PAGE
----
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Discussion on: Being A Woman On The Internet Is... "Fun": A Scientific Study

elmuerte profile image
Michiel Hendriks • Edited on

You can upgrade this experiment to a scientific one by trying the same with an account operated by a man, and one operated by somebody whose sex cannot be determined. I think you will probably get a similar results. As in, mostly men responding, albeit fewer in number. The difficult part would having the same reach from those accounts.

Or maybe this one, let a male friend/colleague post a similar statement where you then respond to that he's still using twitter. I'm sure there will be plenty of people pointing out your mistake. This does require some timing though, you don't want to do this too soon.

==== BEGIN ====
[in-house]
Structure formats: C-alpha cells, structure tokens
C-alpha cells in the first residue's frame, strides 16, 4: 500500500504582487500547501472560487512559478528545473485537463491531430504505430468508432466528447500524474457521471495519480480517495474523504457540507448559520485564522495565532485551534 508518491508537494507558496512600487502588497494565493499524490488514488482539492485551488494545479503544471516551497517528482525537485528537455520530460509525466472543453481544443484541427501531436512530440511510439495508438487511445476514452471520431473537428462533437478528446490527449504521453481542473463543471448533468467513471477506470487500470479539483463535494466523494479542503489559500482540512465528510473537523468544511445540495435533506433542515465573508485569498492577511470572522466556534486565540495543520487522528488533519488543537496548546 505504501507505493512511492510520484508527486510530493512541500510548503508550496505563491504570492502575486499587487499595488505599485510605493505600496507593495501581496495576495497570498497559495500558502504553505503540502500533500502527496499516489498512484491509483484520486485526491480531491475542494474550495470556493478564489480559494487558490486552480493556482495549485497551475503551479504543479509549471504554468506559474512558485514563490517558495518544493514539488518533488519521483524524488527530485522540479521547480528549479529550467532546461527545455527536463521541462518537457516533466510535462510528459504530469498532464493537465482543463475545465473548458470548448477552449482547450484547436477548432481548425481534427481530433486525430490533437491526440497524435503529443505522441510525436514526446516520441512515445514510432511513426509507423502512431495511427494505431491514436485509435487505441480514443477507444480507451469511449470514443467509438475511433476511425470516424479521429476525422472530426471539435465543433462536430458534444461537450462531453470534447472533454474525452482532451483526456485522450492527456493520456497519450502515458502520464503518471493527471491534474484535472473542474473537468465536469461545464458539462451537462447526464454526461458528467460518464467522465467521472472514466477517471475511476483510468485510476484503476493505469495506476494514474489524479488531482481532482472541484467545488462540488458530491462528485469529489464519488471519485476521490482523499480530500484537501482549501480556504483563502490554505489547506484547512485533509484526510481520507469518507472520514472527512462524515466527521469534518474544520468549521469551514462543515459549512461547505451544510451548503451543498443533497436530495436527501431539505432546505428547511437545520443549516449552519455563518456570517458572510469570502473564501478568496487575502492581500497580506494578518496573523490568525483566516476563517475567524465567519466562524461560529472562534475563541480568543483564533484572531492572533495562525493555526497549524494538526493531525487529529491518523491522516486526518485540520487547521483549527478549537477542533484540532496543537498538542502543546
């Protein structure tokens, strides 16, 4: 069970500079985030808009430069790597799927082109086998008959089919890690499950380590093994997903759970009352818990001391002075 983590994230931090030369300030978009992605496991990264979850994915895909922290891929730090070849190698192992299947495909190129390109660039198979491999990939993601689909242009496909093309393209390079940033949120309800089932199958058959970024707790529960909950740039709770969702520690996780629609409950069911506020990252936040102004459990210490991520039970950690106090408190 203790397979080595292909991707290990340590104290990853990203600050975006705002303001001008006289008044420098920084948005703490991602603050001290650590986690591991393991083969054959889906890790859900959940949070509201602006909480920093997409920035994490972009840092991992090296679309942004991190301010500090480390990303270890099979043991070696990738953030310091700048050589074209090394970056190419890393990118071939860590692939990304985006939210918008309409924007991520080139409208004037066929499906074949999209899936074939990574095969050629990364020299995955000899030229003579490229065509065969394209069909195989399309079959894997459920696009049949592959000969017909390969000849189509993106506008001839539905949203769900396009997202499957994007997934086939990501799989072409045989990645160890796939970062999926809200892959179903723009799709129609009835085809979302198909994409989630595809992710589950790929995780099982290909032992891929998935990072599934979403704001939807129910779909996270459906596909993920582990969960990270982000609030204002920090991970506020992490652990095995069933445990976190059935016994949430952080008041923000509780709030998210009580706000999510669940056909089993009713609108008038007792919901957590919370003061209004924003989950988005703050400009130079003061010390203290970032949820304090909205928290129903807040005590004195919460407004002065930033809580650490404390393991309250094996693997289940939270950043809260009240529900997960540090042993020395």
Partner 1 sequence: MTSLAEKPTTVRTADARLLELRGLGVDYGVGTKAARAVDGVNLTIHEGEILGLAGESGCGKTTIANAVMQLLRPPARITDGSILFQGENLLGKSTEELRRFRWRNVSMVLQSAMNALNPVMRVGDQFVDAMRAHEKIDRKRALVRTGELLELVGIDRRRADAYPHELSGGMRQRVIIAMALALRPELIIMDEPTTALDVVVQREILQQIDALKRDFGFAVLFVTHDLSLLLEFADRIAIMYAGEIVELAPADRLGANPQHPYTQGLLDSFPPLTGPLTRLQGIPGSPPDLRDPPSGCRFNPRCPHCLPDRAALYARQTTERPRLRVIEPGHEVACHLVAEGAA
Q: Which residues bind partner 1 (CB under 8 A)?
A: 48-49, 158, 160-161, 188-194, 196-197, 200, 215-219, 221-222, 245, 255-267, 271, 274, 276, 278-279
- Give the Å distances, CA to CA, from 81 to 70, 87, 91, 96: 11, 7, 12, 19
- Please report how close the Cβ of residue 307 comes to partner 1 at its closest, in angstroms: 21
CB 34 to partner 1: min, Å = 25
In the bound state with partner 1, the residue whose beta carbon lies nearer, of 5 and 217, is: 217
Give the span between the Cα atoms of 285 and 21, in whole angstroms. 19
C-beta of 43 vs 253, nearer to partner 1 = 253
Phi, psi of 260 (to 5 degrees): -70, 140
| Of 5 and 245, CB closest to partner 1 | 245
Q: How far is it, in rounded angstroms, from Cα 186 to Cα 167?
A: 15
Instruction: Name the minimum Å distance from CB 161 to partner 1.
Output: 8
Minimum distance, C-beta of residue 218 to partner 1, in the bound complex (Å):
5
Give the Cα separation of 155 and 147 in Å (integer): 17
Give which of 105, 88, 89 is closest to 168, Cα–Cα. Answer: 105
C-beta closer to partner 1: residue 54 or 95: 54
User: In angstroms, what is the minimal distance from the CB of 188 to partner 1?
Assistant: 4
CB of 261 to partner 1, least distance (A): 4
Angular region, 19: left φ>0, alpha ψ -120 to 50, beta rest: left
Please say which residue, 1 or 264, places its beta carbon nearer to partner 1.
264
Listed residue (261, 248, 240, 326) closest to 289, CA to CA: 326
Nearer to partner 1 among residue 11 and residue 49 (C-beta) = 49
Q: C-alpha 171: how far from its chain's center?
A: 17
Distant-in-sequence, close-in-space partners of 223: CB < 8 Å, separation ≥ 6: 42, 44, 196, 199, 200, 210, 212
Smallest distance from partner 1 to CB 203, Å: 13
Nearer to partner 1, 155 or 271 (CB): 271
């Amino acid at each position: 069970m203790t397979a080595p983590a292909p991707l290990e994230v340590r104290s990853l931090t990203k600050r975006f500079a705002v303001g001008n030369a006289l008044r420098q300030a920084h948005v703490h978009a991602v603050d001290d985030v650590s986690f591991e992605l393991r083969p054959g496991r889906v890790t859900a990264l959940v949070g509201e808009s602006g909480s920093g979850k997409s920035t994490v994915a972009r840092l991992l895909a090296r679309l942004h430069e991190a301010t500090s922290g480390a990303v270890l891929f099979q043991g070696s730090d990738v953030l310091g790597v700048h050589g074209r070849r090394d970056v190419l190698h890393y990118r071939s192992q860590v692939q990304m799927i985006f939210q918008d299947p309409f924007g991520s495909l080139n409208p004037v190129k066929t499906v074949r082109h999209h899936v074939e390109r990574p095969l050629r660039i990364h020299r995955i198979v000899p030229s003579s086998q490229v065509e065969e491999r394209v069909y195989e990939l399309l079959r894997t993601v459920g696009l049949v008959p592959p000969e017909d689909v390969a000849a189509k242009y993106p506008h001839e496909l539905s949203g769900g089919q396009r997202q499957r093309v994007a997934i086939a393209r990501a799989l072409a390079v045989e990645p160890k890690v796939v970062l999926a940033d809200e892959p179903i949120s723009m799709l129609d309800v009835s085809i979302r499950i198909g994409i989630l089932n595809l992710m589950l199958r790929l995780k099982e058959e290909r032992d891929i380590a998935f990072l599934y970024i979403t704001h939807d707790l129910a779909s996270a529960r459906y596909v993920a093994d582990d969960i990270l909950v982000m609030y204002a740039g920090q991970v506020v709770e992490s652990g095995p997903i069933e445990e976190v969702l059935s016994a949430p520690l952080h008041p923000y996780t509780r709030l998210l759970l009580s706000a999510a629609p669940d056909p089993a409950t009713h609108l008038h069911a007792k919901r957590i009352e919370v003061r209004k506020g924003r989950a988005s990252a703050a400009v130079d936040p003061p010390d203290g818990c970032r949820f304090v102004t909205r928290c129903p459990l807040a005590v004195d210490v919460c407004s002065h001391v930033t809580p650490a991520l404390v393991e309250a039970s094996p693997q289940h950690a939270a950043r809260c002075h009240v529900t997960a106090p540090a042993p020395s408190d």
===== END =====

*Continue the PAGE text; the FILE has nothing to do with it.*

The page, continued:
But it is probably not really worth the effort as we all know what the outcomes will be. You can better spend the time dotting all the i's in your code.

On the internet, nobody knows you're a horse.

One thing I've observed in the past 20+ years I've been on the internet is that people have become way more public on who they are. Previously people used handles (or nicknames), so you never really knew what they were in meatspace. I think it started with Facebook requiring real names, and the easy ability to post pictures of yourself, that people on the internet became more public. We know their name, and see their face, we know their sex and race. (Rhyme not intended) And with it, the prejudice.

bizzy237 profile image

the handle I used during the good old times of anonymity looked feminine enough for some people to assume I was a girl. don't remember them acting differently from people who thought I was a guy though except for occasional "wait, you're a dude?" every month or so but that was rather amusing